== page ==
Happy new year everyone! I hope that 2017 is off to a good start for you. We've had a quiet start to the new year with grey days spent at home, but I'm hoping that this year will be a year of amazing adventures for our family. It's also going to be the year of catching up (and staying caught up!) with my blog as my travel posts have been a little neglected as of late. So expect to see lots of travel posts in the coming months as I catch up - and hopefully from new adventures too!
Speaking of new adventures, today I'm sharing our last adventure of 2016; our day trip to Fitzgerald Marine Reserve just south of San Francisco.
Fitzgerald Marine Reserve is located near Moss Beach, about forty minutes south of San Francisco. The drive itself is quite scenic with many spots along the way to stop and take in the views, but the kids were keen to get to the beach so we didn't stop. The views from the car were pretty stunning though.
When we arrived at Fitzgerald Marine Reserve we parked in the small parking lot, grabbed an information brochure from the visitor center, then made our way down to the beach.
Access to the beach requires stepping over (or walking through) a small stream. Ava and Lola walked through the stream in their rain boots. Mathilde was keen to join them but her rain boots are quite a bit shorter and would have filled with water instantly. I knew she would be pretty wet by the end of our beach visit but I didn't want her to be drenched right at the start, so Kim swung her over the stream, which looked like way more fun than getting wet feet!
Down on the beach we headed across the sand and straight to the tide pools. We got there about 2:30pm and low tide was around 5pm, so the tide pools were pretty exposed. Right away the girls started exploring and were amazed at what they found.
The first creature we spotted was a hermit crab. It was quite a decent size, so the girls could easily watch it without getting too close. It was dragging around a smaller shell that appeared to have something in it. Hermit crab dinner is my guess!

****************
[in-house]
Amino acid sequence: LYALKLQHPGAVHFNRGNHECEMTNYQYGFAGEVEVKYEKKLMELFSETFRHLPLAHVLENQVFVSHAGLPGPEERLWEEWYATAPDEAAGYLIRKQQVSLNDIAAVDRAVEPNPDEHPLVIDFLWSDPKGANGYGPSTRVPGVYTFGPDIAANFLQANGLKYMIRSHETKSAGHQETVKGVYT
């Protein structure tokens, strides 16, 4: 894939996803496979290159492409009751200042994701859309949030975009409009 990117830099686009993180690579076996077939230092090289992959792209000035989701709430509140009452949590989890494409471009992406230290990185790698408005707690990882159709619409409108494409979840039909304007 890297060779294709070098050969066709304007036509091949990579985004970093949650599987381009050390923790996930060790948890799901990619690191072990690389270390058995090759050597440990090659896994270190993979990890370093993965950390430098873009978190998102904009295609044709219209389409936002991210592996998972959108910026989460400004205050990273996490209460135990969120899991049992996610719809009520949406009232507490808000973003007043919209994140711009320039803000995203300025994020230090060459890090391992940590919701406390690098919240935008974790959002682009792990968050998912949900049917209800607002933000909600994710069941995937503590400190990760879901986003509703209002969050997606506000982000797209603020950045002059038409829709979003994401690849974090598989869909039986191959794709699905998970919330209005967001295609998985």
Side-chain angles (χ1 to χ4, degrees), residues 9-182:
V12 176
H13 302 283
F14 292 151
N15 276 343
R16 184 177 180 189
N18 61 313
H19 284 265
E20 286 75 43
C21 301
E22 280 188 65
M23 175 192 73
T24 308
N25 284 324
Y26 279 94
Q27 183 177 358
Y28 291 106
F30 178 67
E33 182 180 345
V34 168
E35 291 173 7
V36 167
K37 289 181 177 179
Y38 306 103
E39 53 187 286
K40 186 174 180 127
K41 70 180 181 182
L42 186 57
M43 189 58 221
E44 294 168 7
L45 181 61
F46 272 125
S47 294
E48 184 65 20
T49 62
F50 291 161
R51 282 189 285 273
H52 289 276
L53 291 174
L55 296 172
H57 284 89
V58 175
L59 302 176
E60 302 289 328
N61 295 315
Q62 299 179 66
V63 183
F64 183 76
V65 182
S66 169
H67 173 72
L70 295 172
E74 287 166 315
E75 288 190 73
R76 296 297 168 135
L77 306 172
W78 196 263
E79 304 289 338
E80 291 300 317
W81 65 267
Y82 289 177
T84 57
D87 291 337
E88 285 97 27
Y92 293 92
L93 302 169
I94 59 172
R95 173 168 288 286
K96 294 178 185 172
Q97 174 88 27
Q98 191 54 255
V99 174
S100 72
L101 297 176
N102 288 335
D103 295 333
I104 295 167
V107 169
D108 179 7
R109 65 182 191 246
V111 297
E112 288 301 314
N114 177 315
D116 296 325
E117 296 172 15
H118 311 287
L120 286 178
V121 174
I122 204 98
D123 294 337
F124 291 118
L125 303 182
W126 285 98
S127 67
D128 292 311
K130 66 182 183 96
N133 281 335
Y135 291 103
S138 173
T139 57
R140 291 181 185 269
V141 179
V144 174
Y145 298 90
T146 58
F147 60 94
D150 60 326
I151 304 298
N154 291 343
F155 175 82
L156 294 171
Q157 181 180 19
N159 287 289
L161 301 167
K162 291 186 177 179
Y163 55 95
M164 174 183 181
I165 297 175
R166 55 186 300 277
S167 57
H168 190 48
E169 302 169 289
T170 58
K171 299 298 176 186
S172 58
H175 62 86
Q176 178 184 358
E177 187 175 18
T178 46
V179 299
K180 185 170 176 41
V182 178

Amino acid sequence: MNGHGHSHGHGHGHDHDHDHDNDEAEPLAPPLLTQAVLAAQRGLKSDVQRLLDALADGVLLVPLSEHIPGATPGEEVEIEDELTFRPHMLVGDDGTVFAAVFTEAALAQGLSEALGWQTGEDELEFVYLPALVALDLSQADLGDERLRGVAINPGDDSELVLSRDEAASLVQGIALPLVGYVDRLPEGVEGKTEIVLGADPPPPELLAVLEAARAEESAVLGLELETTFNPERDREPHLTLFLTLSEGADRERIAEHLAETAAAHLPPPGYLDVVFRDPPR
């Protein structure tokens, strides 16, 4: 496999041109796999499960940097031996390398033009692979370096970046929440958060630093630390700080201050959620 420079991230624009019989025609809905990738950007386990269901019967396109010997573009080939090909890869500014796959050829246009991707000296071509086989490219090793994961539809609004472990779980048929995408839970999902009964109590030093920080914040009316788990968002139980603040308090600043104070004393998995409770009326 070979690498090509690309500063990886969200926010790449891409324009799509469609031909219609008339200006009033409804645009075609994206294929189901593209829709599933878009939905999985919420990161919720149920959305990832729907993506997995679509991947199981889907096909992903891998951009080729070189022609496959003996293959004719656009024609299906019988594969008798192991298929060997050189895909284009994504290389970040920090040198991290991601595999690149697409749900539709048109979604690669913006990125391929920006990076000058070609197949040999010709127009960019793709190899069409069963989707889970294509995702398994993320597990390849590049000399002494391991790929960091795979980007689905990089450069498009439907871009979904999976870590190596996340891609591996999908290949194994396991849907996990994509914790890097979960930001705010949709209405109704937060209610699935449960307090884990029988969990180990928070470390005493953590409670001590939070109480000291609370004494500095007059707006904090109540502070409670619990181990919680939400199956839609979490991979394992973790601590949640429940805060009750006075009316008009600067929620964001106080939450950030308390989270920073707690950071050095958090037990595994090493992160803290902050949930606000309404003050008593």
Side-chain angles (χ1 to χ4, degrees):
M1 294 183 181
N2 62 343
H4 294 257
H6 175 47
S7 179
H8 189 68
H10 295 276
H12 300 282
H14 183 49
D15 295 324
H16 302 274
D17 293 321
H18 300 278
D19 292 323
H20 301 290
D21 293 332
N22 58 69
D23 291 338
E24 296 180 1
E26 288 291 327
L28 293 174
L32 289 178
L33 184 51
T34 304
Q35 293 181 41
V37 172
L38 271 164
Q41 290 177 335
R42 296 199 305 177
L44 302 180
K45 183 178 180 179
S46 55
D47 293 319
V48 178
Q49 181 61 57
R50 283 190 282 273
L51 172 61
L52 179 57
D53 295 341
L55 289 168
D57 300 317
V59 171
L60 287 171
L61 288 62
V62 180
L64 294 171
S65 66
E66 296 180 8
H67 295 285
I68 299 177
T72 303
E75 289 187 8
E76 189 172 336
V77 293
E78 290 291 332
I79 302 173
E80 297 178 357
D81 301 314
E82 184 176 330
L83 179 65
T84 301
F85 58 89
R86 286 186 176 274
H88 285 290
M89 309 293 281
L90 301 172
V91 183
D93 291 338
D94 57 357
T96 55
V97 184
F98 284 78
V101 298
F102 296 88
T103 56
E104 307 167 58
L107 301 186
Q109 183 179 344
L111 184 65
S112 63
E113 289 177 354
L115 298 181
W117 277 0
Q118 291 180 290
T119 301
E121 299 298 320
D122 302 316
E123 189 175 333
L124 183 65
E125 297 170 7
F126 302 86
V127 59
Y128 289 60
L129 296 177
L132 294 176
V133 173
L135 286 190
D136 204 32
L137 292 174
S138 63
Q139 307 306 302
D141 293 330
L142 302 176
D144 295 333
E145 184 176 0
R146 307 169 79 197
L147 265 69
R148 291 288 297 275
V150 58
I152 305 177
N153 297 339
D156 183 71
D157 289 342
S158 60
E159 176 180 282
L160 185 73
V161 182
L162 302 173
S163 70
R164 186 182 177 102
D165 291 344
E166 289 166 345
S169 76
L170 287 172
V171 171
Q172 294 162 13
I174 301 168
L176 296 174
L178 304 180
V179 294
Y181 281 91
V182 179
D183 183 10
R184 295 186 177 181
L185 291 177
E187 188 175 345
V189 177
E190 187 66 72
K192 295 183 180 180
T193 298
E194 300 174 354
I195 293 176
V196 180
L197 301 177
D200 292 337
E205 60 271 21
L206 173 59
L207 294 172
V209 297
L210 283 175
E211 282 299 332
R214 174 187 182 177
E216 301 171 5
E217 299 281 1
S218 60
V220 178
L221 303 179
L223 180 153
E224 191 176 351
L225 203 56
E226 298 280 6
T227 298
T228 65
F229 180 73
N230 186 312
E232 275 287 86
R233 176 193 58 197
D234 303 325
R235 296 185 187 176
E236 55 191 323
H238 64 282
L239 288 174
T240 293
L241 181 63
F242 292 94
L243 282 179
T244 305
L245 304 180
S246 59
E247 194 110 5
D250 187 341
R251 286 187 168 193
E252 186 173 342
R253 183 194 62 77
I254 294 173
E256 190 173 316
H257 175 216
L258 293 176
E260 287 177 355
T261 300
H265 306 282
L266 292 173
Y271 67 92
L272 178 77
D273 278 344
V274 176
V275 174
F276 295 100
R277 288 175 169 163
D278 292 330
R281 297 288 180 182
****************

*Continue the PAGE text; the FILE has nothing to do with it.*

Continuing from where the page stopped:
We continued exploring and soon found lots of sea anemones. I couldn't believe how colorful they were and just how many of them we found. The sea anemones swayed gently with the seaweed as little fish darted around and hermit crabs scuttled across the rocks. The tide pools were so beautifully peaceful. I could've stayed there observing them for hours.
We were hoping to spot a few starfish, but we weren't in luck. The sea anemones were so beautiful though that I didn't mind. The girls were excited to see the creatures in the tide pools, but really, they would've been happy there just to play on the rocks!
After a while, the girls decided that they wanted to build sand castles, climb on the big rocks by the entrance, and wade in the water. While they went with Kim to play, I explored a little more. A little further down the beach there were seals laying on the rocks. I was keen to see the seals a little closer but didn't want to go past the traffic cones marking the edge of the seal resting and pupping area, so I switched to my zoom lens for a few shots. Admittedly, the seals are still a little hard to make out as they blend in with the rocks, but you can see them in the bottom photo just before where the waves are crashing.